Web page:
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Tahlequah, Oklahoma
Downtown Tahlequah
Downtown Tahlequah
"City Of Firsts"
Location within Cherokee County and the state of Oklahoma
Location within Cherokee County and the state of Oklahoma
Country United States
State Oklahoma
County Cherokee
Cherokee Nation founded 1838; second capital city
 • Total 12.45 sq mi (32.2 km2)
 • Land 12.45 sq mi (32.2 km2)
 • Water 0.0 sq mi (0.0 km2)
797 ft (243 m)
 • Total 16,359
 • Density 1,314.0/sq mi (508.0/km2)
Time zone UTC-6 (Central (CST))
 • Summer (DST) UTC-5 (CDT)
ZIP codes
Area code(s) 539/918
FIPS code 40-72100
GNIS feature ID 1098721

Tahlequah (/ˈtælkwɑː/ TAL-ə-kwah; Cherokee: ᏓᎵᏆ) is a city in Cherokee County, Oklahoma, United States located at the foothills of the Ozark Mountains. It is part of the Green Country region of Oklahoma and was established as a capital of the 19th-century Cherokee Nation in 1839, as part of the new settlement in Indian Territory after the Cherokee Native Americans were forced west from the American Southeast on the Trail of Tears.

The city's population was 15,753 at the 2010 census, an increase of 8.96 percent from 14,458 at the 2000 census. The 2014 estimated population is 16,496.

It is the county seat of Cherokee County. The main campus of Northeastern State University is located in the city. Tahlequah is the capital of the two federally recognized Cherokee tribes based in Oklahoma, the United Keetoowah Band of Cherokee Indians and the modern Cherokee Nation.



Cherokee stop sign
Cherokee stop sign with Cherokee language transliteration and the Cherokee syllabary in Tahlequah, Oklahoma, with "alehwisdiha" (also spelled "halehwisda") meaning "stop"
Cwy no parking
Cherokee traffic sign in Tahlequah, Oklahoma, reading "tla adi yigi", meaning "no parking" from "tla" meaning "no"

Many linguists believe the word 'Tahlequah' (Tah-le-quah) and the word 'Teh-li-co' are the same as 'di li gwa,' the Cherokee word for grain or rice. (See Cherokee Nation Lexicon (dikaneisdi) at under culture/language). Scholars report the Cherokee word 'di li gwa' describes a type of native grain with a red hue that grew in the flat open areas of east Tennessee. One area, Great Tellico (Tellico Plains, Tennessee), was named for the grass with the red seed tops. Others interpret a word 'tel-i-quah' as 'plains;' however, there is no word for 'plains' in the Cherokee lexicon, and the word 'tel-i-quah' is not found in the lexicon. The idea that 'tahlequah' means 'plains' lends weight to the belief that the name refers to the wide open grassy areas of Great Tellico.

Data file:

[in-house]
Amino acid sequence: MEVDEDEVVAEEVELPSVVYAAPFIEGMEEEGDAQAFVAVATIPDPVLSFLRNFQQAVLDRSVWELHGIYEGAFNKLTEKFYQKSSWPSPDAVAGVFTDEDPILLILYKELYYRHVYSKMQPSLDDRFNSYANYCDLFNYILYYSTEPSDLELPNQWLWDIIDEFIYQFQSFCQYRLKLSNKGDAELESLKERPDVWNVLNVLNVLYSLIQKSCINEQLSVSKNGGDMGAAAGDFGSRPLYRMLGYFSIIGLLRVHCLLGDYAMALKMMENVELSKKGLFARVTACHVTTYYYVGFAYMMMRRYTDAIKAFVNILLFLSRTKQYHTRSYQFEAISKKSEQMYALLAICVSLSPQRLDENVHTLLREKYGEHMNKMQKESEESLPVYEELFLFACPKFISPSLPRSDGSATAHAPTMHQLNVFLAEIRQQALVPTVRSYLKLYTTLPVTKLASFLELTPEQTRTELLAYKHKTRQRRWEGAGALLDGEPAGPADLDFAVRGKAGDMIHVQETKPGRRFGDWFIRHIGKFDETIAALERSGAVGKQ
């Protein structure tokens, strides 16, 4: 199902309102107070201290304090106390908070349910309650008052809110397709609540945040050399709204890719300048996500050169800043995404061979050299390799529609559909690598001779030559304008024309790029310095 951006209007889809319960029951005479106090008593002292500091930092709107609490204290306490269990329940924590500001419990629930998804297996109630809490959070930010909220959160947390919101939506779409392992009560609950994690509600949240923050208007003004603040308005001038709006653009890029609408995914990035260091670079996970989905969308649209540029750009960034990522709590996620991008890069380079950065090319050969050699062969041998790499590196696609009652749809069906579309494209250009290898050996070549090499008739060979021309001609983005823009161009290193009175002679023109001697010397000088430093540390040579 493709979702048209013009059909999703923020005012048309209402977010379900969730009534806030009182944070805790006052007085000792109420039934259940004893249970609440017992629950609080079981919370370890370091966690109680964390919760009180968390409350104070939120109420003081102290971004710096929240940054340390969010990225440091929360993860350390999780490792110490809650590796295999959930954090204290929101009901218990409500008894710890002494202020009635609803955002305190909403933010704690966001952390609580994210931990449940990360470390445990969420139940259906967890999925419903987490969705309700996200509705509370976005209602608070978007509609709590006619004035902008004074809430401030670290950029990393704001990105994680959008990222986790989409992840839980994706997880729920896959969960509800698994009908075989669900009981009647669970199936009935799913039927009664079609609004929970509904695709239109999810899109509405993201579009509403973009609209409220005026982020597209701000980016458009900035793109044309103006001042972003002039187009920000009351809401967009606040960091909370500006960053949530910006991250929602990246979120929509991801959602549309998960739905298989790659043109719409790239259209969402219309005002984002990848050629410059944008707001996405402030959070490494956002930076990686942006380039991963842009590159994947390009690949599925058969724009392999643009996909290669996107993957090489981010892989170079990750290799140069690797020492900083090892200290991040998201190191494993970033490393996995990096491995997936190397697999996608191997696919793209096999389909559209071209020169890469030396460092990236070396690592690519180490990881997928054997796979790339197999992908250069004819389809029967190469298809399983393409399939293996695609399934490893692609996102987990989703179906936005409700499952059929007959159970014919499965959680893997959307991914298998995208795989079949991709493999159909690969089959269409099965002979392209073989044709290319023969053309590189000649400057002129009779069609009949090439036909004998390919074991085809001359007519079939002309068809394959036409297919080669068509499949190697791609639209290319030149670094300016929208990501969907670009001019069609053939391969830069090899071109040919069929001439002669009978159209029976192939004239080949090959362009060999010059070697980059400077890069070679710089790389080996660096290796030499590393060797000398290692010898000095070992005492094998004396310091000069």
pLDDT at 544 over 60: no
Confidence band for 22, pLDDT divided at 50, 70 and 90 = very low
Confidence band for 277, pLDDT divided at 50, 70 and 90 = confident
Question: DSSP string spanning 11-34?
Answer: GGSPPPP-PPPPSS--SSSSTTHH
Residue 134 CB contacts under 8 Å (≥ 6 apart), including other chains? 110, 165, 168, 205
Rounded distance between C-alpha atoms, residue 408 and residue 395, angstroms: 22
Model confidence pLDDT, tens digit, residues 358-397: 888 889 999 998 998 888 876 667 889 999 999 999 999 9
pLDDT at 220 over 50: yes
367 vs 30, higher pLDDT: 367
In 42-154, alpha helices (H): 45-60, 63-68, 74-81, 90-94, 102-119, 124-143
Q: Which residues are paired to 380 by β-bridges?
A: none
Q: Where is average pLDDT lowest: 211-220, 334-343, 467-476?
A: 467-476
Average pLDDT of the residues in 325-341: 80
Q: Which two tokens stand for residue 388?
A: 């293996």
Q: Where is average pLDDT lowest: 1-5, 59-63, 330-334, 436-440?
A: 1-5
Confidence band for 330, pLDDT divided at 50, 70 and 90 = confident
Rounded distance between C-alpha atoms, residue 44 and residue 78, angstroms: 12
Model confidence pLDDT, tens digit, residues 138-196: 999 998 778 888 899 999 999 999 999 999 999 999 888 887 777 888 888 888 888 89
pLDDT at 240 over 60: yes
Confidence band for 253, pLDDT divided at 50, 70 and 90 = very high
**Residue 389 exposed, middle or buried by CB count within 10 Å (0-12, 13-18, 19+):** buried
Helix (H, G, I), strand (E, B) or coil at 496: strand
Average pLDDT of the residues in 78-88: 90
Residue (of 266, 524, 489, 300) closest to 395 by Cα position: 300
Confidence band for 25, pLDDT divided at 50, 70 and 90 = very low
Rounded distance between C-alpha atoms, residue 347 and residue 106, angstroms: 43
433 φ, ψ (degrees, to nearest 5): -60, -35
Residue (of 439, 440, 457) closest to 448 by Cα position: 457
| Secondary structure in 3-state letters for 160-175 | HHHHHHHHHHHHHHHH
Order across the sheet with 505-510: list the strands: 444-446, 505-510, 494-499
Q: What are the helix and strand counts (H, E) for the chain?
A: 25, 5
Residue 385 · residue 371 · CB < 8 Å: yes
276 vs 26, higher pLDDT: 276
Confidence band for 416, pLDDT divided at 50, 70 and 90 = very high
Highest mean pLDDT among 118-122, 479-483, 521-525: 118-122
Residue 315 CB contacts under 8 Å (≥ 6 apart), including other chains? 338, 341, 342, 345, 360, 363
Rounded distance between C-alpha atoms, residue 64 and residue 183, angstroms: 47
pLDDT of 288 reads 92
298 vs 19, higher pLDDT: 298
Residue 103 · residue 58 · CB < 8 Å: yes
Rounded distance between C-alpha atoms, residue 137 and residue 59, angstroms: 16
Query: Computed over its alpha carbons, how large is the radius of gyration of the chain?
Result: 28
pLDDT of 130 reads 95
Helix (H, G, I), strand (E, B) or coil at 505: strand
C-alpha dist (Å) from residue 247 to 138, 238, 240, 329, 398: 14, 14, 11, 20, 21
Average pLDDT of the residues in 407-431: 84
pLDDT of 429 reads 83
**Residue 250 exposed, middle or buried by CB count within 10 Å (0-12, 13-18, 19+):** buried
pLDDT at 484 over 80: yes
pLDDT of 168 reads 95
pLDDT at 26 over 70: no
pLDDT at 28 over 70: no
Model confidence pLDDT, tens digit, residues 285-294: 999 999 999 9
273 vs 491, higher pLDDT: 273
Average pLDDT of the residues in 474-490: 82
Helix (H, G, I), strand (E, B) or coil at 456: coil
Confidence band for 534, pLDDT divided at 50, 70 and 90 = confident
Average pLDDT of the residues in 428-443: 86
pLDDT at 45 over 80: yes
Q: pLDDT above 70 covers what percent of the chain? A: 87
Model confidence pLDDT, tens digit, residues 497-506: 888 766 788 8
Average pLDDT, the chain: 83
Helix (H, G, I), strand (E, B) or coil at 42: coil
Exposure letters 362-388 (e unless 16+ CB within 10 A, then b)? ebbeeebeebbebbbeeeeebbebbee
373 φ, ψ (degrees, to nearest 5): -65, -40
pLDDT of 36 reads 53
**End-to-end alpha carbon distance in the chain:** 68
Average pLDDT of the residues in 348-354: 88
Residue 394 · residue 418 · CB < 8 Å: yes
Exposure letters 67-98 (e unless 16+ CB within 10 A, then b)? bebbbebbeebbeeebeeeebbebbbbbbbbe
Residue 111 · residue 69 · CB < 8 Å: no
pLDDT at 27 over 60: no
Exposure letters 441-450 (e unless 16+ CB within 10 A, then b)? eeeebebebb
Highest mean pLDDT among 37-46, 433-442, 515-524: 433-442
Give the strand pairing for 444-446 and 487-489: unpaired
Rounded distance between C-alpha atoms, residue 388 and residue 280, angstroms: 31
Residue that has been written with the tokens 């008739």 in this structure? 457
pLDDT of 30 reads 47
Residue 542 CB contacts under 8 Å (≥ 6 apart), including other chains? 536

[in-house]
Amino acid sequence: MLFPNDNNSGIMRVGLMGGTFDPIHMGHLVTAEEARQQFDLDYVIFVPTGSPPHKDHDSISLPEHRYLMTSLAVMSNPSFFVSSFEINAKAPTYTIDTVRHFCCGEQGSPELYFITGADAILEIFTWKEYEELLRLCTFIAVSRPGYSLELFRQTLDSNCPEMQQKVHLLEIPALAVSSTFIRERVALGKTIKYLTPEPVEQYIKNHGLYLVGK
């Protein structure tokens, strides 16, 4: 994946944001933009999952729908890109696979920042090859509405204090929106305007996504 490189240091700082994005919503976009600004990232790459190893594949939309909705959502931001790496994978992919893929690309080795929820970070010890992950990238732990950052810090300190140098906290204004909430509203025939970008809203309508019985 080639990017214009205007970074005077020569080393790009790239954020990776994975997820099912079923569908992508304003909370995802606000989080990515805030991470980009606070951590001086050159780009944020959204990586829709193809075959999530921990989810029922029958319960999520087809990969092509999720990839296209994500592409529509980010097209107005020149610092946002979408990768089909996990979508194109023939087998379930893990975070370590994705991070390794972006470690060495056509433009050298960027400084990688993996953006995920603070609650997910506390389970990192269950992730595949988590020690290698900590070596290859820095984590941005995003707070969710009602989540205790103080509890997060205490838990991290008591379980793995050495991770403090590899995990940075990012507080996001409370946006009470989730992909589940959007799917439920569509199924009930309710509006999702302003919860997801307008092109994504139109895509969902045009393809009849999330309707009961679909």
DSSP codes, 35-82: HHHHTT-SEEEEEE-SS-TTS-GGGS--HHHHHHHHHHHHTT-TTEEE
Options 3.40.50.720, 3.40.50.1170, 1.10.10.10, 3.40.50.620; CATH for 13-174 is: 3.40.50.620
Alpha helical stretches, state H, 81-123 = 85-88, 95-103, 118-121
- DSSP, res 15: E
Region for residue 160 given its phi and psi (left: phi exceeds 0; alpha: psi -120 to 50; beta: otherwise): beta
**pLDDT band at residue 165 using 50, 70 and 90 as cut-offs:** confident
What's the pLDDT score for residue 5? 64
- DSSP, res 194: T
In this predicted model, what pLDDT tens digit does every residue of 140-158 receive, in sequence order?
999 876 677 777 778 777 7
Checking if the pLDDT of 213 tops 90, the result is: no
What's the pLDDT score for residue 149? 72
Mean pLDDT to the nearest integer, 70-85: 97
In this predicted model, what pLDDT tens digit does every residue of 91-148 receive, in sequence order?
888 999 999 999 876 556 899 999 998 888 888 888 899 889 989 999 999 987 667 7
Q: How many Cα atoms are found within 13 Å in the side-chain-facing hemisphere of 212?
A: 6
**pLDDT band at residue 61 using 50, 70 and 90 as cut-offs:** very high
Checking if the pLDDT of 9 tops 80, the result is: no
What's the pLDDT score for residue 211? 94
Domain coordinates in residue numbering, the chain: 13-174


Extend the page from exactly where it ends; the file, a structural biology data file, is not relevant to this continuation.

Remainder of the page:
Another explanation is the name Tahlequah came from the Cherokee words Ta-li (meaning two) and Ye-li-quu (enough). The story goes that when the Cherokee came to Tahlequah there were supposed to be 3 different Chiefs at the meeting. For whatever reason the 3rd Chief was delayed. The people said "two is enough" or ta-li-ye-li-quu which later became anglicanized to Tahlequah.

When the Cherokee first arrived in the Tahlequah area, they noticed the native grasses that grew in the open areas around the foothills of the Ozark Mountains. This reminded them of the grassy open ‘Overhill’ areas of Tellico, so they called their new home 'di li gwa' (tah-le-quah or teh-li-co), the open place where the grass grows.

Local legend states the name is derived from Cherokee words meaning 'just two' or 'two is enough.' Supposedly three tribal elders had planned to meet to determine the location of the Cherokee Nation's permanent capital. Two elders arrived and waited for the third. As dusk approached, they decided that 'two is enough.' According to tribal elders and Cherokee County elders, this legend first began to circulate in the 1930s. Tahlequah was a settlement as early as 1832. After the Western Cherokee agreed in 1834 to let the newer migrants settle near them, they joined their government with the Eastern Cherokee at Tahlequah in 1839. Tahlequah was named long before it was chosen as the Cherokee capital.